The electric vehicle sector is experiencing its “most exciting moment” – and a consolidation in the industry is inevitable, says Helen Liu of Bain & Company.
“I would say that consolidation is an inevitable trend in this industry,” Liu, a partner in the consulting firm, told CNBC’s Capital Connection on Tuesday. She cited reasons such as the capital-intensive and technology-heavy nature of the electric vehicle sector.
“Historically, we’ve seen invisible hands like the market, and also visible trends, regulations that continually navigated the industry through the consolidation trend,” she said.
On Monday, China’s Minister of Industry and Information Technology the country has “too many” EV manufacturers. These comments sparked fears about further regulatory action by Beijing, this time targeting the autonomous vehicle sector after earlier moves in other industries such as private education and technology.
IHS Markit’s Huaibin Lin said he saw little chance of regulatory interference from Beijing in the short term. Demands by the industry and information technology ministry for a consolidation of the auto sector are not new and have taken place in the last 20 years, he told CNBC’s “Squawk Box Asia” on Tuesday.
“We are in [an] an ever-growing market where we have seen tremendous growth in automotive sales over the past 20 years, “said Lin, manager China Automotive at IHS Markit, adding that the new energy vehicle market is currently experiencing very strong momentum.
“Are we going to see any drastic consolidation in the industry itself? We think there will be a big question mark as long as the market goes on,” he said.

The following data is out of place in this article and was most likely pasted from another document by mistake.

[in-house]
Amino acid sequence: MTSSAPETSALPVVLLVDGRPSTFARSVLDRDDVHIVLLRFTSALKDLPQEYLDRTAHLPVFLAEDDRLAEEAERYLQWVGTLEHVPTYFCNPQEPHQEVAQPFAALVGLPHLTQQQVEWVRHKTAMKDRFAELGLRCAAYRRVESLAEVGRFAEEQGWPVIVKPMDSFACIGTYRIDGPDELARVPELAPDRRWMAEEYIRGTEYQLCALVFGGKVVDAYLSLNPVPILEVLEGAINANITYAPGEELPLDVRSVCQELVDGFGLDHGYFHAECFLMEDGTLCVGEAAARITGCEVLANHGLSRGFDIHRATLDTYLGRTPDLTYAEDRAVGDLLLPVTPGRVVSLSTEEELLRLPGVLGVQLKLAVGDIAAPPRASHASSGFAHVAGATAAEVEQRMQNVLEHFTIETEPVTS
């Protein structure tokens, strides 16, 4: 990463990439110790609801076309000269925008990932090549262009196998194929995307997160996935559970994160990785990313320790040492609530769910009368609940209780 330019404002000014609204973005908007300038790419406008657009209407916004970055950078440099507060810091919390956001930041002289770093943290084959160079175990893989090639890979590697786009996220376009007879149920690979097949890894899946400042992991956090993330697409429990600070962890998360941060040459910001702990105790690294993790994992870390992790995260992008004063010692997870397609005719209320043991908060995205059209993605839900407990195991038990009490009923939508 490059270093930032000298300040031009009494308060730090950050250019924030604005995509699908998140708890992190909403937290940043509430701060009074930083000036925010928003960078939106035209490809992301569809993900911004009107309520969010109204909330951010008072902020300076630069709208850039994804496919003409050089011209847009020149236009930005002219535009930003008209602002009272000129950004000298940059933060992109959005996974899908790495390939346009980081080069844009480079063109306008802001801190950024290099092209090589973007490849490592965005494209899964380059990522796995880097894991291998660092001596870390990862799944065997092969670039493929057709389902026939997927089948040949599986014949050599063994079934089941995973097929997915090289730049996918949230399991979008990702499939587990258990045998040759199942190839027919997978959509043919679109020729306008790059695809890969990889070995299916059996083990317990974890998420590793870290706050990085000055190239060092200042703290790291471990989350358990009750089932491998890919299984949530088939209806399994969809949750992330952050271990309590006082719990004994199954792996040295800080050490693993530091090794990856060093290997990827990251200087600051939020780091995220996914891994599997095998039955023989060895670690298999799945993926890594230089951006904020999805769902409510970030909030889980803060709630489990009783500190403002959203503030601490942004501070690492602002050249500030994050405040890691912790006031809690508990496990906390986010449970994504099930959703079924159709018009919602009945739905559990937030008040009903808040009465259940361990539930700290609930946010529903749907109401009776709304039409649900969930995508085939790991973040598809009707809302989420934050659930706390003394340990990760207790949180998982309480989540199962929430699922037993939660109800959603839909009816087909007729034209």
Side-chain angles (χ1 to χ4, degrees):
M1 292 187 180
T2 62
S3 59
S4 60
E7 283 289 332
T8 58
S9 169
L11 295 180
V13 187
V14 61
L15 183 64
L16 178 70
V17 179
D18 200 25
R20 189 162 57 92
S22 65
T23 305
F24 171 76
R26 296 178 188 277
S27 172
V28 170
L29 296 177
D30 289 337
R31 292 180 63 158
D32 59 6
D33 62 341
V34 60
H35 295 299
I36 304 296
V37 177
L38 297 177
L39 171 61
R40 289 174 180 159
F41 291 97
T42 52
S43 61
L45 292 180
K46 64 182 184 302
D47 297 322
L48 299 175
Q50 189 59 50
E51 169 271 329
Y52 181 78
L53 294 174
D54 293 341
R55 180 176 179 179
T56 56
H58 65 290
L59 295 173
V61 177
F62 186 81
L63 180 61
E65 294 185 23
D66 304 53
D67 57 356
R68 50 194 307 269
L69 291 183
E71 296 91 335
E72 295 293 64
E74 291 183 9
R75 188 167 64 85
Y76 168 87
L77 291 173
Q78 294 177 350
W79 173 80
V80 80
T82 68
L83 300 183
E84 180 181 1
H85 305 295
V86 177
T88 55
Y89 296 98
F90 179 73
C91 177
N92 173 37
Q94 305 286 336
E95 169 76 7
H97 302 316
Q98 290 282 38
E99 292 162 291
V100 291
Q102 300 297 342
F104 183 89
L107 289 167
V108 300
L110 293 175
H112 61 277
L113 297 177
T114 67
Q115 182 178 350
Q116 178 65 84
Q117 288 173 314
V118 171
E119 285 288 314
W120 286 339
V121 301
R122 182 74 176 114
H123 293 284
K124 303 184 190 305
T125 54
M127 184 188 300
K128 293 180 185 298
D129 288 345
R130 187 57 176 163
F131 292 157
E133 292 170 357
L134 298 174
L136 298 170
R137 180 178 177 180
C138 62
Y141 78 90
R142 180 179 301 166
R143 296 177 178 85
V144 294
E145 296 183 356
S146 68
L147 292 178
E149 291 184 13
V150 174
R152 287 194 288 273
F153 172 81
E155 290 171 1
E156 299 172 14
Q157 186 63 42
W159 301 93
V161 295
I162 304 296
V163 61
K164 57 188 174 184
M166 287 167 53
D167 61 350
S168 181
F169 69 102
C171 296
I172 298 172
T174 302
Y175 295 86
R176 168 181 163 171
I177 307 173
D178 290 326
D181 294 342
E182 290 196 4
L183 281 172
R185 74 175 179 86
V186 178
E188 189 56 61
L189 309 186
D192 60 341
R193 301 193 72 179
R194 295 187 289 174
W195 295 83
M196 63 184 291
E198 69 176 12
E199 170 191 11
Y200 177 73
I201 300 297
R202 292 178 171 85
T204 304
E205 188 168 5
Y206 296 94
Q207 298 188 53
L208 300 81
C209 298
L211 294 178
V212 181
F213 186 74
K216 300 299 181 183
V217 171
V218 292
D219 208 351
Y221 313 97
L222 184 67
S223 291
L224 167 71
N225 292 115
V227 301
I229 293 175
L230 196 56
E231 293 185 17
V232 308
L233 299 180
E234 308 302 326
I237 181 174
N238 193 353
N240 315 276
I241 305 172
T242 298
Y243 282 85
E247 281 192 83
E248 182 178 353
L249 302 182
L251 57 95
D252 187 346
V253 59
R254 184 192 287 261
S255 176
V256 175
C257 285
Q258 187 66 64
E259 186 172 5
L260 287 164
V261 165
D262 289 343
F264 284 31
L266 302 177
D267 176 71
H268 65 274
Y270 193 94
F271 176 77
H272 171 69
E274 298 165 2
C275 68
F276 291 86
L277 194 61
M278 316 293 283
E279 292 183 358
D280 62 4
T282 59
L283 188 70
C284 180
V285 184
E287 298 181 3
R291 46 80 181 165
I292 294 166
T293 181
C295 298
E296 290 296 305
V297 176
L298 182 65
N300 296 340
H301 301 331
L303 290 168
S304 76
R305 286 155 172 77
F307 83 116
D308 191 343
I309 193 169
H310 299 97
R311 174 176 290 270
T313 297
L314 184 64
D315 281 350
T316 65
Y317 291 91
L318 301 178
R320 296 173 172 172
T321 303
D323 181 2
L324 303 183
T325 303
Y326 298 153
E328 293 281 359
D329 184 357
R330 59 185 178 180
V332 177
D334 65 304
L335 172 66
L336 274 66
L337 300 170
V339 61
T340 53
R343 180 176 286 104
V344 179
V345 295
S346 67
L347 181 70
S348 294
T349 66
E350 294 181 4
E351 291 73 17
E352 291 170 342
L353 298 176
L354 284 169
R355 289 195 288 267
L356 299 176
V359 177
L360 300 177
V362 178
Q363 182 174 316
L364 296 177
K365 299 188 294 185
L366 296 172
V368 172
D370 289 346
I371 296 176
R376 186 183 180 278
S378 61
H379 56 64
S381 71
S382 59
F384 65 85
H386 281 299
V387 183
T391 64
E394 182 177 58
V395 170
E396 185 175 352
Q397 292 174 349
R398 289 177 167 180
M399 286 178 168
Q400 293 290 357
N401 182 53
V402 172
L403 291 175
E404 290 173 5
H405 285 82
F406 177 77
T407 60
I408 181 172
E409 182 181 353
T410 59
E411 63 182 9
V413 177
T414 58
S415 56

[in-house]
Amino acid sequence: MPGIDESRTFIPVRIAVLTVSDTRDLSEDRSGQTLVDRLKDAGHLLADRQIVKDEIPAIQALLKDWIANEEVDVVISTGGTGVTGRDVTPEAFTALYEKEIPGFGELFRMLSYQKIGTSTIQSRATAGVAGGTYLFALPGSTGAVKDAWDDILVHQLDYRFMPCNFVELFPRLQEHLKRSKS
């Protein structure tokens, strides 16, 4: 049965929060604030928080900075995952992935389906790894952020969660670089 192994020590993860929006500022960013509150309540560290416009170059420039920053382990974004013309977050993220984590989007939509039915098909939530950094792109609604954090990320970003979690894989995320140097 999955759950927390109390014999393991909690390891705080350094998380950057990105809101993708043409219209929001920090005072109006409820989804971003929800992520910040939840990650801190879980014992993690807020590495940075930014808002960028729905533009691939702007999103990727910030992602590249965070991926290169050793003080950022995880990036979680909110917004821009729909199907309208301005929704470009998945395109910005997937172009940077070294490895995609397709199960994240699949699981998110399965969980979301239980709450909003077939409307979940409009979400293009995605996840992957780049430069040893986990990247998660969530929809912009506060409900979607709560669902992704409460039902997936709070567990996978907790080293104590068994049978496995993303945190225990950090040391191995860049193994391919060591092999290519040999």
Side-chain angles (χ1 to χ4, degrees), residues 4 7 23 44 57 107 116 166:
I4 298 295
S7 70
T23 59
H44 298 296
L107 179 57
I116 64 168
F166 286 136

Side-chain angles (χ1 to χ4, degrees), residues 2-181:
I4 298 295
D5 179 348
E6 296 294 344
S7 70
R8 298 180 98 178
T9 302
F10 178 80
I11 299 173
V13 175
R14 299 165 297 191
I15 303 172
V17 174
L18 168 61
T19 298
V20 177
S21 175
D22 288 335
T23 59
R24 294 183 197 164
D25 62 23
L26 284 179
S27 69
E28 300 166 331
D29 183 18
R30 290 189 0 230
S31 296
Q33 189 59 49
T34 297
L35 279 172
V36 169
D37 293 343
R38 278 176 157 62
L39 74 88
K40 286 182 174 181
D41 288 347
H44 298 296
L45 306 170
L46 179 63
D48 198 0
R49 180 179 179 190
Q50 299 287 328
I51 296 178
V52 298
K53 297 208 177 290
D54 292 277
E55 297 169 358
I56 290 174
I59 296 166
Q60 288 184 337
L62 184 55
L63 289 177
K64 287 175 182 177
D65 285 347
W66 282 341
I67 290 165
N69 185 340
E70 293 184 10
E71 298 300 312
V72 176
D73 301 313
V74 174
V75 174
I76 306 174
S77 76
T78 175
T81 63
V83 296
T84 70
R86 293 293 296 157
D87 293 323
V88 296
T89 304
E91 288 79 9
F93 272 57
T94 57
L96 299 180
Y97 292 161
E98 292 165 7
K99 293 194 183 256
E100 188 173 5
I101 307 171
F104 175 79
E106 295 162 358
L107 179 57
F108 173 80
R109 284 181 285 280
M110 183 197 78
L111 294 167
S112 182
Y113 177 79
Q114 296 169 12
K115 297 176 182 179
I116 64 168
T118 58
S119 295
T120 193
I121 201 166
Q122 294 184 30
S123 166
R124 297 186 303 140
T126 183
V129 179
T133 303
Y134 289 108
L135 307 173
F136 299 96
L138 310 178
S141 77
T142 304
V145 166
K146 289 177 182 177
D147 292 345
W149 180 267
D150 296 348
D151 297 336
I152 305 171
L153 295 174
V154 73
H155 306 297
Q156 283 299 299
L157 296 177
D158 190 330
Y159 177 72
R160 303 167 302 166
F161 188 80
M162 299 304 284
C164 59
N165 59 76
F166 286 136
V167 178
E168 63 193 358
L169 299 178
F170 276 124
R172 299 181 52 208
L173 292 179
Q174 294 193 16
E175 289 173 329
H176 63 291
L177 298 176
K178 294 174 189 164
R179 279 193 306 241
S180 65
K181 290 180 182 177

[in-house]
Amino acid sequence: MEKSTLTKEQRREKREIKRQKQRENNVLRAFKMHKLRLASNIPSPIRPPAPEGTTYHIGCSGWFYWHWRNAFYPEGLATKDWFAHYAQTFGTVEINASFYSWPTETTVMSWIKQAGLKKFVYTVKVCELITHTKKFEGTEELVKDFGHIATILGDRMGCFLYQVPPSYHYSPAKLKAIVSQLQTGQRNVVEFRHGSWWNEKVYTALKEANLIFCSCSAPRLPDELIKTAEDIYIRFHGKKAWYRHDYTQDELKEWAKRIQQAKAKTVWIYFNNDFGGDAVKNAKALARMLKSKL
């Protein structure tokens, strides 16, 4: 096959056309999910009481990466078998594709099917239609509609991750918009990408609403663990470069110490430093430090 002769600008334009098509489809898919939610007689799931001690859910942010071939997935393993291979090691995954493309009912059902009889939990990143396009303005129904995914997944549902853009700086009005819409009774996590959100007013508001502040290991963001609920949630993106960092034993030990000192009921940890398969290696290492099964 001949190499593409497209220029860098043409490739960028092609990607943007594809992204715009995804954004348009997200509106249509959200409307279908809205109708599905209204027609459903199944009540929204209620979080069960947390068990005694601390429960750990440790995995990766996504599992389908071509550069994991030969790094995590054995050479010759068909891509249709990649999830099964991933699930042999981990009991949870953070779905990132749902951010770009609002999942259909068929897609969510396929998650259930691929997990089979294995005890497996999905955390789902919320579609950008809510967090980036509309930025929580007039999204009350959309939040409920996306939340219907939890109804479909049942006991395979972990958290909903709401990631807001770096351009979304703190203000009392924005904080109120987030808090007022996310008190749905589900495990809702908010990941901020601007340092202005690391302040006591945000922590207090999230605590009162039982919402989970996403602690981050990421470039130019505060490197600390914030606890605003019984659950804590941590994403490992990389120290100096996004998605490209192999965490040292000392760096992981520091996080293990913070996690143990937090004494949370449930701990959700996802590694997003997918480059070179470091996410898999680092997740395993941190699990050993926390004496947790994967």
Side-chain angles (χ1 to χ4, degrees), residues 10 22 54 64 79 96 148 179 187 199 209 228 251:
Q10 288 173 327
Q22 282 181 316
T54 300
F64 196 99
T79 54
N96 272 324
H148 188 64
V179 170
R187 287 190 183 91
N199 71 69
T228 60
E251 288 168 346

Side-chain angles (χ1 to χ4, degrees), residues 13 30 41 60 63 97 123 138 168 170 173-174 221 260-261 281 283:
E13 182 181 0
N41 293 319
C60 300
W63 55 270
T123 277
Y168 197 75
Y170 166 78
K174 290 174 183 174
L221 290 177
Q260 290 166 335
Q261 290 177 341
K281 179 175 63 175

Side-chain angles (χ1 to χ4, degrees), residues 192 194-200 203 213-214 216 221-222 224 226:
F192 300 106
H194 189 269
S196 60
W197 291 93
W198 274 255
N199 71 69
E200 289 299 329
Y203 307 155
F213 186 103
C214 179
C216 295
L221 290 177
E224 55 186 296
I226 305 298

For the next 10 years you will see very fierce competition within the new energy vehicle industry. Nobody knows who will actually survive in the end.
Partner, Bain & Company
Liu of the consulting firm Bain agreed, saying that the momentum for growth and the outlook for the sector are currently very positive. This is underpinned by factors such as supporting guidelines and, above all, customer acceptance.
“Based on our Bain study this year, we found that the acceptance of electric cars by Chinese customers is leading global trends and we also believe it is steadily increasing,” she said.
For its part, China previously mentioned that it would be happy By 2025, 20% of all new cars sold are to be New Energy Vehicles.
Still, the two analysts say it’s too early to say who could be a clear winner in China’s EV space.
“I think it might be a little too early to say which brand or name will win in the end,” said Liu of Bain.
Read more about electric vehicles from CNBC Pro
Beyond domestic competition, IHS Markit’s Lin said China’s electric car makers are also expected to face increased capital competition over the next decade.
Some of this competition could come from long-standing established companies in the automotive sector, he said, with traditional internal combustion engine vehicle manufacturers such as: Volkswagen, BMW and Daimler’s Mercedes is now forging “drastic” electrification strategies.
“You will see very fierce competition in the new energy vehicle industry for the next 10 years,” Lin predicted. “Nobody knows who will actually survive in the end.”